Sustainable Management of Water Resources
Show Less

Sustainable Management of Water Resources

An Integrated Approach

Edited by Carlo Giupponi, Anthony J. Jakeman, Derek Karssenberg and Matt P. Hare

Experts across a wide range of specialist fields including social sciences, informatics, ecology and hydrology are brought together in this truly multidisciplinary approach to water management. They provide the reader with integrated insights into water resource management practices that underpin the three pillars of sustainable development – environment, economics and society – through a series of international case studies and theoretical frameworks.
Buy Book in Print
Show Summary Details
You do not have access to this content

Chapter 6: Software Support for Multi-Criteria Decision Making

Marjan van Herwijnen and Ron Janssen


Marjan van Herwijnen and Ron Janssen 6.1 INTRODUCTION Few decisions have a single objective. The very idea of making decisions suggests the need for considering multiple aspects and achieving a successful blend of performances. Management of water resources is no exception to this general rule. Multiple stakeholders participate in management of water resources. This results in multiple objectives to be considered by any decision maker involved in water management. Examples are: • • • Selection of a management strategy for a freshwater lake. Objectives are water quality, water quantity, biodiversity, recreational quality, residential quality, cost, etc.; Selection of a flood management strategy. Objectives are risk of flooding, biodiversity, visual quality, land use and cost; Selecting a strategy for river basin management. Objectives are water quality, flood risks and navigation, but also visual quality of the landscape and biodiversity. Because water is in many cases a public good, the decision maker is often a public body. This public body must take into account the interest of a multitude of stakeholders and has to be able to justify its decisions. The decision maker evaluates a set of alternatives, which represent the possible choices. The objectives to be achieved drive the design (or screening) of these alternatives and determine their overall evaluation. Attributes are the measurement rods for the objectives and specify the degree to which each alternative matches the objectives. Factual information and value judgements jointly establish the overall merits of each option and highlight the best solution. The problems described above involve a set...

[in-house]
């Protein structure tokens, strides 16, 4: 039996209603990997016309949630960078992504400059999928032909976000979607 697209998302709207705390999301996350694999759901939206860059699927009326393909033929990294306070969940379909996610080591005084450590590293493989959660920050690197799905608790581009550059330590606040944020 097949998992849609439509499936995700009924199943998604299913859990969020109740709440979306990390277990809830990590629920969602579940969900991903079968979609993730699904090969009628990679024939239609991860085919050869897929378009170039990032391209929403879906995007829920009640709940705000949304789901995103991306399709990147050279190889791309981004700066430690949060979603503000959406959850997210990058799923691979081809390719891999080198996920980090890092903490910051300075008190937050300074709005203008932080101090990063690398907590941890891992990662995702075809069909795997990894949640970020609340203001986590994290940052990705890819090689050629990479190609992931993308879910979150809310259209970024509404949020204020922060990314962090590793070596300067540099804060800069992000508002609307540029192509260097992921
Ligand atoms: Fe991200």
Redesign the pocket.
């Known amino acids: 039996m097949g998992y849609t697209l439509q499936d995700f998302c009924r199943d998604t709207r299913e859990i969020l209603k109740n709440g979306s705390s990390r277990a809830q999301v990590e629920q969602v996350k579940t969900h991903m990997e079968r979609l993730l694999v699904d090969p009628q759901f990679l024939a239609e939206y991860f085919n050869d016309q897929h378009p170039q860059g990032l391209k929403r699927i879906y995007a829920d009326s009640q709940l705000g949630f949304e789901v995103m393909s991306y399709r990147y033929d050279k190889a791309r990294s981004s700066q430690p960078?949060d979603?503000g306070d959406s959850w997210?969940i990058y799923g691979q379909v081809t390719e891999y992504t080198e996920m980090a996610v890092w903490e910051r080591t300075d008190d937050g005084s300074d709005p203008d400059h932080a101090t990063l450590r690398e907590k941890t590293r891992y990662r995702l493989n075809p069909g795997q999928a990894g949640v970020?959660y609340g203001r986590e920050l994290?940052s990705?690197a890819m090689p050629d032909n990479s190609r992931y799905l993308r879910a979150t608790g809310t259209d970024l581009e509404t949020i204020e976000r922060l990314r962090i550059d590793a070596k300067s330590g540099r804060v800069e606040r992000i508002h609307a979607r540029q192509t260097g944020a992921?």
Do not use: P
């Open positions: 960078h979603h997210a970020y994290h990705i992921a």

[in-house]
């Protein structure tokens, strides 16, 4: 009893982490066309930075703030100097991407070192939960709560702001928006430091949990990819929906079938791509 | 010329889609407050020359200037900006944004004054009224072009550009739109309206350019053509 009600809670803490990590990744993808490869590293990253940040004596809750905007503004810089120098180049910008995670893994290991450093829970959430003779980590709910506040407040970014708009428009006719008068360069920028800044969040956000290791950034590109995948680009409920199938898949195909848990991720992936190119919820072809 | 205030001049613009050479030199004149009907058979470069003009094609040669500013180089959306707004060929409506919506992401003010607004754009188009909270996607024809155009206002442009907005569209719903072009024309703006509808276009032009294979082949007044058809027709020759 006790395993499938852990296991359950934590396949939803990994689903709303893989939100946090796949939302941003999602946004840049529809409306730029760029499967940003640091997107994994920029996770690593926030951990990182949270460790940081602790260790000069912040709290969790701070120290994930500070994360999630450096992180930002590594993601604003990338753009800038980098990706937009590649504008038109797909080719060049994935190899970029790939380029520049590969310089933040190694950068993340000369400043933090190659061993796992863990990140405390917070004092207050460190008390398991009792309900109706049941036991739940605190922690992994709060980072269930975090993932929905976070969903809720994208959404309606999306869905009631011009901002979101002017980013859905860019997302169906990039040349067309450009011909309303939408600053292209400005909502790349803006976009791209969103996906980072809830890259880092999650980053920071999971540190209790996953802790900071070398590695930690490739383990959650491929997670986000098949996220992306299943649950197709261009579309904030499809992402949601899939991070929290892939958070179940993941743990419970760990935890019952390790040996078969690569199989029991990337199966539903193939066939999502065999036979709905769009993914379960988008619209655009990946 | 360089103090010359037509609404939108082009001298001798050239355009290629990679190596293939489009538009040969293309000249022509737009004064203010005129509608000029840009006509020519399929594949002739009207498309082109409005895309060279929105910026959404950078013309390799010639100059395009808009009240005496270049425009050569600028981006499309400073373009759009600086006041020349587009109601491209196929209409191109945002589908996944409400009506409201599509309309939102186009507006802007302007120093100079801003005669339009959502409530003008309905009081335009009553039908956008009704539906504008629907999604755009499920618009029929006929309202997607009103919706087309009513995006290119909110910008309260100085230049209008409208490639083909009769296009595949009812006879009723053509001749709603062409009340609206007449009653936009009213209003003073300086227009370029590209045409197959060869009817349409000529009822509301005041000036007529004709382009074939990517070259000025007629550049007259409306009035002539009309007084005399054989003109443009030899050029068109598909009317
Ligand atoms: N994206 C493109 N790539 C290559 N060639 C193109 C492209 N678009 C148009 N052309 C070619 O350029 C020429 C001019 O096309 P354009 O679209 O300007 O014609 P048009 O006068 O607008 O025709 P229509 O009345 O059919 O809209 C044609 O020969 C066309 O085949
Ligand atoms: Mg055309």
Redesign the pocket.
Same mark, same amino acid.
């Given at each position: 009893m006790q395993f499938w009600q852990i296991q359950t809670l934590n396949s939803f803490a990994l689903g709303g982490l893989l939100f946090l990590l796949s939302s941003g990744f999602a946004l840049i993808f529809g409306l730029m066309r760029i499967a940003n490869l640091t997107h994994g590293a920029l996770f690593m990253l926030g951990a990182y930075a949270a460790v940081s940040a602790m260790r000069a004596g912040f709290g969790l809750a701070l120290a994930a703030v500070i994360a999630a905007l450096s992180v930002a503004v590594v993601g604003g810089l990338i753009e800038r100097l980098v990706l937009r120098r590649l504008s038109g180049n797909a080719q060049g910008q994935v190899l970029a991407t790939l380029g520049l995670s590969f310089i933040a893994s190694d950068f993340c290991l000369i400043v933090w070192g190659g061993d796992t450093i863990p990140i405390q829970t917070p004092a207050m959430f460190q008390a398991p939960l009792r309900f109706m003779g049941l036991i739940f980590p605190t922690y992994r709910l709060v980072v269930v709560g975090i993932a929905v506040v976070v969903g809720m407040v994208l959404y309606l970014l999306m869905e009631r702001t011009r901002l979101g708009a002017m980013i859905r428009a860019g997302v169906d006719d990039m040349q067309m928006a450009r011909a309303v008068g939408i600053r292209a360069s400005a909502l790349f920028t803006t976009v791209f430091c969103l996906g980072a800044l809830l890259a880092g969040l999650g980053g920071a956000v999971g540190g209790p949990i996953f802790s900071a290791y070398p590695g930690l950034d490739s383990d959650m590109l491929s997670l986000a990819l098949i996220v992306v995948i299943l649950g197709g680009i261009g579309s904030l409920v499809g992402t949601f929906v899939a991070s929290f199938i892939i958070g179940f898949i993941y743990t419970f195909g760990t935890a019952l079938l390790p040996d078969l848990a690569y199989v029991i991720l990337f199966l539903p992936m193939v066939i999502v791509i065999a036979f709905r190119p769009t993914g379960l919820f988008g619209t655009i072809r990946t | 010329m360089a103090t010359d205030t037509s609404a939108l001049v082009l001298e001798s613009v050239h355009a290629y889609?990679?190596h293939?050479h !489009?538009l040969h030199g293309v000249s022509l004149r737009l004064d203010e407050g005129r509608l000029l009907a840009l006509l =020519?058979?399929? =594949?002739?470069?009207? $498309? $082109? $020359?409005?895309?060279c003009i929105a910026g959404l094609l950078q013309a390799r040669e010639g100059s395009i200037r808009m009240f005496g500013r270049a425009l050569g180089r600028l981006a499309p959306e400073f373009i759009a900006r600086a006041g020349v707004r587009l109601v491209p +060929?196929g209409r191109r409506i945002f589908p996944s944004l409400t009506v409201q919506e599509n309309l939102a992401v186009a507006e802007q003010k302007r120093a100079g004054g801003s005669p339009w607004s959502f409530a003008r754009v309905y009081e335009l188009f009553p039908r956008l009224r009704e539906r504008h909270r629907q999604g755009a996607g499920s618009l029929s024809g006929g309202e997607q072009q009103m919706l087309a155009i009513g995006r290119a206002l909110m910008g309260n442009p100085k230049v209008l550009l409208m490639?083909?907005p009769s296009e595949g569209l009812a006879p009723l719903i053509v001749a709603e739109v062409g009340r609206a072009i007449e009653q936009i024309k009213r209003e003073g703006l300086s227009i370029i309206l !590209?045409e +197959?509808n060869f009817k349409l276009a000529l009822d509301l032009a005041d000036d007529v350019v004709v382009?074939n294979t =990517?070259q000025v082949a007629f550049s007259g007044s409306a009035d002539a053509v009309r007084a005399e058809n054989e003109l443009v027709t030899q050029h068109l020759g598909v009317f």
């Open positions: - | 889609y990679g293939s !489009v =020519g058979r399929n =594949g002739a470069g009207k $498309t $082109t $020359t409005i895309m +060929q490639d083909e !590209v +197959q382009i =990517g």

You are not authenticated to view the full text of this chapter or article.

Elgaronline requires a subscription or purchase to access the full text of books or journals. Please login through your library system or with your personal username and password on the homepage.

Non-subscribers can freely search the site, view abstracts/ extracts and download selected front matter and introductory chapters for personal use.

Your library may not have purchased all subject areas. If you are authenticated and think you should have access to this title, please contact your librarian.

Further information

or login to access all content.